Modeling Unobserved Consideration Sets for Household Panel Data
We propose a new method to model consumers' consideration and choice processes. We develop a parsimonious probit type model for consideration and a multinomial probit model for choice, given consideration. Unlike earlier models of consideration ours is not prone to the curse of dimensionality, while we allow for very general structures of unobserved dependence in consideration among brands. In addition, our model allows for state dependence and marketing mix effects on consideration. Unique to this study is that we attempt to establish the validity of existing practice to infer consideration sets from observed choices in panel data. To this end, we use data collected in an on-line choice experiment involving interactive supermarket shelves and post-choice questionnaires to measure the choice protocol and stated consideration levels. We show with these experimental data that underlying consideration sets can be successfully retrieved from choice data alone and that there is substantial convergent validity of the stated and inferred consideration sets. We further find that consideration is a function of point-of-purchase marketing actions such as display and shelf space, and of consumer memory for recent choices. Next, we estimate the model on IRI panel data. We have three main results. First, compared with the single-stage probit model, promotion effects are larger and are inferred with smaller variances when they are included in the consideration stage of the two-stage model. Promotion effects are significant only in the two-stage model that includes consideration, whereas they are not in a single-stage choice model. Second, the price response curves of the two models are markedly diferent. The two-stage model offers a nice intuition for why promotional price response is different from regular price response. In addition and consistent with intuition, the two-stage model also implies that merchandizing has more effect on choice among those who did not buy the brand before than among those who already did. It is explained why a single-stage model does not harbor this feature. In fact, the single-stage model implies the opposite for smaller or more expensive brands. Third, we find that the consideration of brands does not covary greatly across brands once we take account of observed effects. Managerial implications and future research are also discussed.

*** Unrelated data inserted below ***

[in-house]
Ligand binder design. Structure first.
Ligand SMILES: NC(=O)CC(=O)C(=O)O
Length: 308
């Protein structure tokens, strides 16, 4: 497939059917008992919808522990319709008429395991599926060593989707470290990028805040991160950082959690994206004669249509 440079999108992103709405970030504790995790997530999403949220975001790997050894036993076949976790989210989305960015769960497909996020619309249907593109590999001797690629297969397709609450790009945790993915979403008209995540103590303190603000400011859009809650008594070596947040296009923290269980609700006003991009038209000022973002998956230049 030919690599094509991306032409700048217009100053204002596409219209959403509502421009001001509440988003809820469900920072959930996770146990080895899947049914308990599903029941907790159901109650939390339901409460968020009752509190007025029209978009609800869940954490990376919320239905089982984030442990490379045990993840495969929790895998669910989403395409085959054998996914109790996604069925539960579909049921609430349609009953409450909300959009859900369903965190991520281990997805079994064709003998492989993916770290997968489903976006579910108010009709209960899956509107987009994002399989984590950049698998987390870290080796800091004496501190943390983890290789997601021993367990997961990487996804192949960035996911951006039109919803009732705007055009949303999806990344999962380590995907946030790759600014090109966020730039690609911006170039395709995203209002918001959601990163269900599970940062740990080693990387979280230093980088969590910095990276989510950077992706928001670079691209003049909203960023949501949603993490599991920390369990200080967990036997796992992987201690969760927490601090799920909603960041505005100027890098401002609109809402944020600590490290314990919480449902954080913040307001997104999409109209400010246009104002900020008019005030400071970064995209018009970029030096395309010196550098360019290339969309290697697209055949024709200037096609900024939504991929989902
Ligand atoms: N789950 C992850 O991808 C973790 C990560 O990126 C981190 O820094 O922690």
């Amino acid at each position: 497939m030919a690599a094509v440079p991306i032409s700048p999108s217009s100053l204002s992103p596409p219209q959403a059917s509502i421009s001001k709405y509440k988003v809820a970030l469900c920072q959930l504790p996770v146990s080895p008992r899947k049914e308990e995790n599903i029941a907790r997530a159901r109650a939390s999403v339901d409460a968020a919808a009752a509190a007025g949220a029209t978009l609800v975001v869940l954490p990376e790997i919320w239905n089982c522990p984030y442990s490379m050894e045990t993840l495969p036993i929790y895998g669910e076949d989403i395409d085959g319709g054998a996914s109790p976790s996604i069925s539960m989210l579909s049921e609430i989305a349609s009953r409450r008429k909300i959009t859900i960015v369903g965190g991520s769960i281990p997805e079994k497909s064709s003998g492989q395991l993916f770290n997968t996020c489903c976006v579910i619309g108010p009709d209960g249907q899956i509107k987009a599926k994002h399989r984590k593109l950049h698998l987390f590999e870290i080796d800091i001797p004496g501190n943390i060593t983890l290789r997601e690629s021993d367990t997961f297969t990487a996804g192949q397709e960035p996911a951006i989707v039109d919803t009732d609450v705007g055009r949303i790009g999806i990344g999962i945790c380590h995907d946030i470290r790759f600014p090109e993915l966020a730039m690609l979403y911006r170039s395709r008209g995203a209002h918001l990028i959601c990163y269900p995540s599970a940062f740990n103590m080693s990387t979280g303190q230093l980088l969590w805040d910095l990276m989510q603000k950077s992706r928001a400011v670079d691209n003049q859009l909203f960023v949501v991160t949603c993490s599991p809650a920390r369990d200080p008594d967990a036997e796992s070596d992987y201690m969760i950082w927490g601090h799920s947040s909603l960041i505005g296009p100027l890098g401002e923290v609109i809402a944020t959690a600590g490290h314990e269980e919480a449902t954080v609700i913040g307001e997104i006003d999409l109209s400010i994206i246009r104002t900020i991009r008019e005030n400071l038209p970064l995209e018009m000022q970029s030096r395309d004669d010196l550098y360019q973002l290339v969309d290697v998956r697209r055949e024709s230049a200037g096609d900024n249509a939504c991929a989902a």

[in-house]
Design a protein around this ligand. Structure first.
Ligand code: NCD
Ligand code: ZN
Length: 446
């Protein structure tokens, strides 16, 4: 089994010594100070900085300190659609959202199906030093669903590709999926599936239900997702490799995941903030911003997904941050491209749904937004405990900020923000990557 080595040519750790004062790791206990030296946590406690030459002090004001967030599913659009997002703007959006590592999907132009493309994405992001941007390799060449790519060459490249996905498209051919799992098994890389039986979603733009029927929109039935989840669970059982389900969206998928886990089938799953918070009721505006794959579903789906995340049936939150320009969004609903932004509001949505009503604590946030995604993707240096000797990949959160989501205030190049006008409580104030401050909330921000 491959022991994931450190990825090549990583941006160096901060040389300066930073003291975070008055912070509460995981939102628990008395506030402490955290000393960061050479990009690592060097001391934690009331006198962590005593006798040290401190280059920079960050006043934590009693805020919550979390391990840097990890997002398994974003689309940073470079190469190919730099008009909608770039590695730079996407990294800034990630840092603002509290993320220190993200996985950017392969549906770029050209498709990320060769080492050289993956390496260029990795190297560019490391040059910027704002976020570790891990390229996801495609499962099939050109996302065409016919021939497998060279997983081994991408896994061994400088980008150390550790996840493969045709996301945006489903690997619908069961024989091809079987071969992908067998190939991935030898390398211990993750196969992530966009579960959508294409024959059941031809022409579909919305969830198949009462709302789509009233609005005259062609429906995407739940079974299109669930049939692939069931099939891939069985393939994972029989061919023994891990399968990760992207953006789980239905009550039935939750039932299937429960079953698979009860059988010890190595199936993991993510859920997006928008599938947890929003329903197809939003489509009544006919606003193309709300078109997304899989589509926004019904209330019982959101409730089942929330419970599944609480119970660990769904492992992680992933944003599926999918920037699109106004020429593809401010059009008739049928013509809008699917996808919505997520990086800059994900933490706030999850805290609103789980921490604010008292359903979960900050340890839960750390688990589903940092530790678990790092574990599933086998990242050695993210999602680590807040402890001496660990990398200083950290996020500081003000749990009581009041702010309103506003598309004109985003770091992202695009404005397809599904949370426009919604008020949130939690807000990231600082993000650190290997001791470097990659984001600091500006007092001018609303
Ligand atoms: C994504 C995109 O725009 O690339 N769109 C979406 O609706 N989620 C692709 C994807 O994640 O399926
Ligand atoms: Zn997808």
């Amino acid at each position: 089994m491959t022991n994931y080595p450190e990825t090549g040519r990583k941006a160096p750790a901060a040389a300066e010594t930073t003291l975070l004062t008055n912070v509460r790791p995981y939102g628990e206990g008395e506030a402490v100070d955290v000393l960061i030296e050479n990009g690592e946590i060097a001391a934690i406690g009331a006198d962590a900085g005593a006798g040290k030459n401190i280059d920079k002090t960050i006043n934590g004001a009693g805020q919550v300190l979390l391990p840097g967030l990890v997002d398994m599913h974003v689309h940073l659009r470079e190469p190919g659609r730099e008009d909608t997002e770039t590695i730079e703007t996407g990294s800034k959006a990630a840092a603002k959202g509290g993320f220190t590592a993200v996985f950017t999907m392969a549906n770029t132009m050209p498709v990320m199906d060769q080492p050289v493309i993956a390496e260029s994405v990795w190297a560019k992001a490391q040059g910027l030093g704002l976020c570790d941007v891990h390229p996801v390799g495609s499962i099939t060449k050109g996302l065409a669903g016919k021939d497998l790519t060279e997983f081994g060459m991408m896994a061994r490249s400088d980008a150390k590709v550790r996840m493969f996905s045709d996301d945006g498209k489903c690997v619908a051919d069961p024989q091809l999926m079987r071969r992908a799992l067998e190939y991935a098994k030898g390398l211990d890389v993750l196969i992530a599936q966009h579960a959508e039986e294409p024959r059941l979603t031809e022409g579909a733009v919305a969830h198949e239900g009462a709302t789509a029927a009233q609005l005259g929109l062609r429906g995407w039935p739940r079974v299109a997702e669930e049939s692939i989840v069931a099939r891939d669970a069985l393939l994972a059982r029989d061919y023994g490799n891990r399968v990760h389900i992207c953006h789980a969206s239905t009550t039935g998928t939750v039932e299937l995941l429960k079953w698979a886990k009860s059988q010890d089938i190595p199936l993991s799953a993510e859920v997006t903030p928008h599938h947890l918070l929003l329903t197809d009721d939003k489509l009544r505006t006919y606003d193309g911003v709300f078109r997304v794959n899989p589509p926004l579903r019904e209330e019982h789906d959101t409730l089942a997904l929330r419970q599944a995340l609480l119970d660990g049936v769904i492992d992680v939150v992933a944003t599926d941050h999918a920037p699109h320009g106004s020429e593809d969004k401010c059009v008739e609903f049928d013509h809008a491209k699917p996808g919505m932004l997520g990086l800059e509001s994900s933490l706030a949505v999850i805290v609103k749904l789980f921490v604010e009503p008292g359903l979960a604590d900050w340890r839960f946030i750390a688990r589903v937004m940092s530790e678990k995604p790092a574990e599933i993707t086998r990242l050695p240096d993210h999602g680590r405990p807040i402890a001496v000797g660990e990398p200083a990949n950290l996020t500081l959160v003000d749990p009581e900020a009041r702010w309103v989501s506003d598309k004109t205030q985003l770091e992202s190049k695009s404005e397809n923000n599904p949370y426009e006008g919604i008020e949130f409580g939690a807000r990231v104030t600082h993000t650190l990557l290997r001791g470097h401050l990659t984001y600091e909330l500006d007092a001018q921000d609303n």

|Keywords||Consideration, choice, probit models|
|JEL||Discrete Regression and Qualitative Choice Models; Discrete Regressors (jel C35), Business Administration and Business Economics; Marketing; Accounting (jel M), Marketing (jel M31)|
|Publisher||Erasmus Research Institute of Management|
|Series||ERIM Report Series Research in Management|
|Rights||Copyright 2000, J.E.M van Nierop, R. Paap, B. Bronnenberg, P.H.B.F. Franses, This report in the ERIM Report Series Research in Management is intended as a means to communicate the results of recent research to academic colleagues and other interested parties. All reports are considered as preliminary and subject to possibly major revisions. This applies equally to opinions expressed, theories developed, and data used. Therefore, comments and suggestions are welcome and should be directed to the authors.|
van Nierop, J.E.M, Paap, R, Bronnenberg, B, & Franses, Ph.H.B.F. (2000). Modeling Unobserved Consideration Sets for Household Panel Data (No. ERS-2000-42-MKT). ERIM Report Series Research in Management. Erasmus Research Institute of Management. Retrieved from http://hdl.handle.net/1765/49